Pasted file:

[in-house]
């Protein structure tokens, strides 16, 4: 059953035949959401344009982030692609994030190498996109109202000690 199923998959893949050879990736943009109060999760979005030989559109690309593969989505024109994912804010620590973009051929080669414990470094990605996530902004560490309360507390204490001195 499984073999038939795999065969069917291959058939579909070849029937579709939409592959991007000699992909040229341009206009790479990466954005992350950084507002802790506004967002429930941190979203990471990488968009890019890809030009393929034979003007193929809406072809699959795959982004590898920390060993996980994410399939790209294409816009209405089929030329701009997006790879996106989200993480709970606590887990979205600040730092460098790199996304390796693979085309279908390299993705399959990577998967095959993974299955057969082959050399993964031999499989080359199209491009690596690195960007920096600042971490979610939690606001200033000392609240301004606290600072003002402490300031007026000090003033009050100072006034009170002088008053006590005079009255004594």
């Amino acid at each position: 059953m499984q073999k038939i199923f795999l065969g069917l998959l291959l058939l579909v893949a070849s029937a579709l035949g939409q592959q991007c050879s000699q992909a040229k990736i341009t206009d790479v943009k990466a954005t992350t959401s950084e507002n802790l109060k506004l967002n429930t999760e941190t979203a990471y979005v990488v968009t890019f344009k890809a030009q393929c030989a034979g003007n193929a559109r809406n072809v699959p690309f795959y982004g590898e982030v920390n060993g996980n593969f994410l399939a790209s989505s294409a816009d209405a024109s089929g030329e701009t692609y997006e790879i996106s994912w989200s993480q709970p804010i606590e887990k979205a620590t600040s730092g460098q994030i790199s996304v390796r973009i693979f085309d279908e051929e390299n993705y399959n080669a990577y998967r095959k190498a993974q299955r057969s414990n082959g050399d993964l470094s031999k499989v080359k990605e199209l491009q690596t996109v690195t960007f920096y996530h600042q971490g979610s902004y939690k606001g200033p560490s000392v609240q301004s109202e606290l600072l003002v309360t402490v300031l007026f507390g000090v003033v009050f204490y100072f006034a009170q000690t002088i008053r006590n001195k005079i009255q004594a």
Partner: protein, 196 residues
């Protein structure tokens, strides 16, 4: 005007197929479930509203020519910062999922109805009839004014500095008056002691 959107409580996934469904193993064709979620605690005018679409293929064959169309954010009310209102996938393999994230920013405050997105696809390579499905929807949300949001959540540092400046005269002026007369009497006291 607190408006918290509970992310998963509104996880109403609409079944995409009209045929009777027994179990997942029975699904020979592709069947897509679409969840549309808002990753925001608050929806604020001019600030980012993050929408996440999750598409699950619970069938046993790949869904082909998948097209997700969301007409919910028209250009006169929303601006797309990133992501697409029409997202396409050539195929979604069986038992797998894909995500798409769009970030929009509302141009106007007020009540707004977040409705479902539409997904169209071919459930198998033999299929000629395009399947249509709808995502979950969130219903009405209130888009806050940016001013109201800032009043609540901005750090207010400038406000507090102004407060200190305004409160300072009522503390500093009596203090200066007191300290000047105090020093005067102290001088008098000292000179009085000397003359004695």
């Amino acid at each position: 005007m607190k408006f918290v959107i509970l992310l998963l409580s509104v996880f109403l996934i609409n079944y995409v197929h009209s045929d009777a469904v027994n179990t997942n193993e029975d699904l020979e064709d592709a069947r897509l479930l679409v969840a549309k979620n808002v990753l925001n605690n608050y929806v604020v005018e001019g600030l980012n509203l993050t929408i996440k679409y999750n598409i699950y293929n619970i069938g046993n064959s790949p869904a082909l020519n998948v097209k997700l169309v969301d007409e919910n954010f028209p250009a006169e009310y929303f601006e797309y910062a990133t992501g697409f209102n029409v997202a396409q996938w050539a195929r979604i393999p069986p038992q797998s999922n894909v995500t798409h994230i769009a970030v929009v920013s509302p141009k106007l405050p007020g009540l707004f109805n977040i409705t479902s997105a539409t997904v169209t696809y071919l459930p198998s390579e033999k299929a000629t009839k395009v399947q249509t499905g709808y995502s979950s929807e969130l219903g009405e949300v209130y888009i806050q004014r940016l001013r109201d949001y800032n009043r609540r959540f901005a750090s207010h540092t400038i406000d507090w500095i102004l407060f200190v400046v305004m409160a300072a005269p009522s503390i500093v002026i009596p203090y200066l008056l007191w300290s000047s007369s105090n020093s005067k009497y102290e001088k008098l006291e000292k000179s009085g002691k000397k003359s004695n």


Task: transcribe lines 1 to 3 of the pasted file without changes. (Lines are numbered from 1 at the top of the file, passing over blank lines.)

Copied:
[in-house]
């Protein structure tokens, strides 16, 4: 059953035949959401344009982030692609994030190498996109109202000690 199923998959893949050879990736943009109060999760979005030989559109690309593969989505024109994912804010620590973009051929080669414990470094990605996530902004560490309360507390204490001195 499984073999038939795999065969069917291959058939579909070849029937579709939409592959991007000699992909040229341009206009790479990466954005992350950084507002802790506004967002429930941190979203990471990488968009890019890809030009393929034979003007193929809406072809699959795959982004590898920390060993996980994410399939790209294409816009209405089929030329701009997006790879996106989200993480709970606590887990979205600040730092460098790199996304390796693979085309279908390299993705399959990577998967095959993974299955057969082959050399993964031999499989080359199209491009690596690195960007920096600042971490979610939690606001200033000392609240301004606290600072003002402490300031007026000090003033009050100072006034009170002088008053006590005079009255004594």
């Amino acid at each position: 059953m499984q073999k038939i199923f795999l065969g069917l998959l291959l058939l579909v893949a070849s029937a579709l035949g939409q592959q991007c050879s000699q992909a040229k990736i341009t206009d790479v943009k990466a954005t992350t959401s950084e507002n802790l109060k506004l967002n429930t999760e941190t979203a990471y979005v990488v968009t890019f344009k890809a030009q393929c030989a034979g003007n193929a559109r809406n072809v699959p690309f795959y982004g590898e982030v920390n060993g996980n593969f994410l399939a790209s989505s294409a816009d209405a024109s089929g030329e701009t692609y997006e790879i996106s994912w989200s993480q709970p804010i606590e887990k979205a620590t600040s730092g460098q994030i790199s996304v390796r973009i693979f085309d279908e051929e390299n993705y399959n080669a990577y998967r095959k190498a993974q299955r057969s414990n082959g050399d993964l470094s031999k499989v080359k990605e199209l491009q690596t996109v690195t960007f920096y996530h600042q971490g979610s902004y939690k606001g200033p560490s000392v609240q301004s109202e606290l600072l003002v309360t402490v300031l007026f507390g000090v003033v009050f204490y100072f006034a009170q000690t002088i008053r006590n001195k005079i009255q004594a």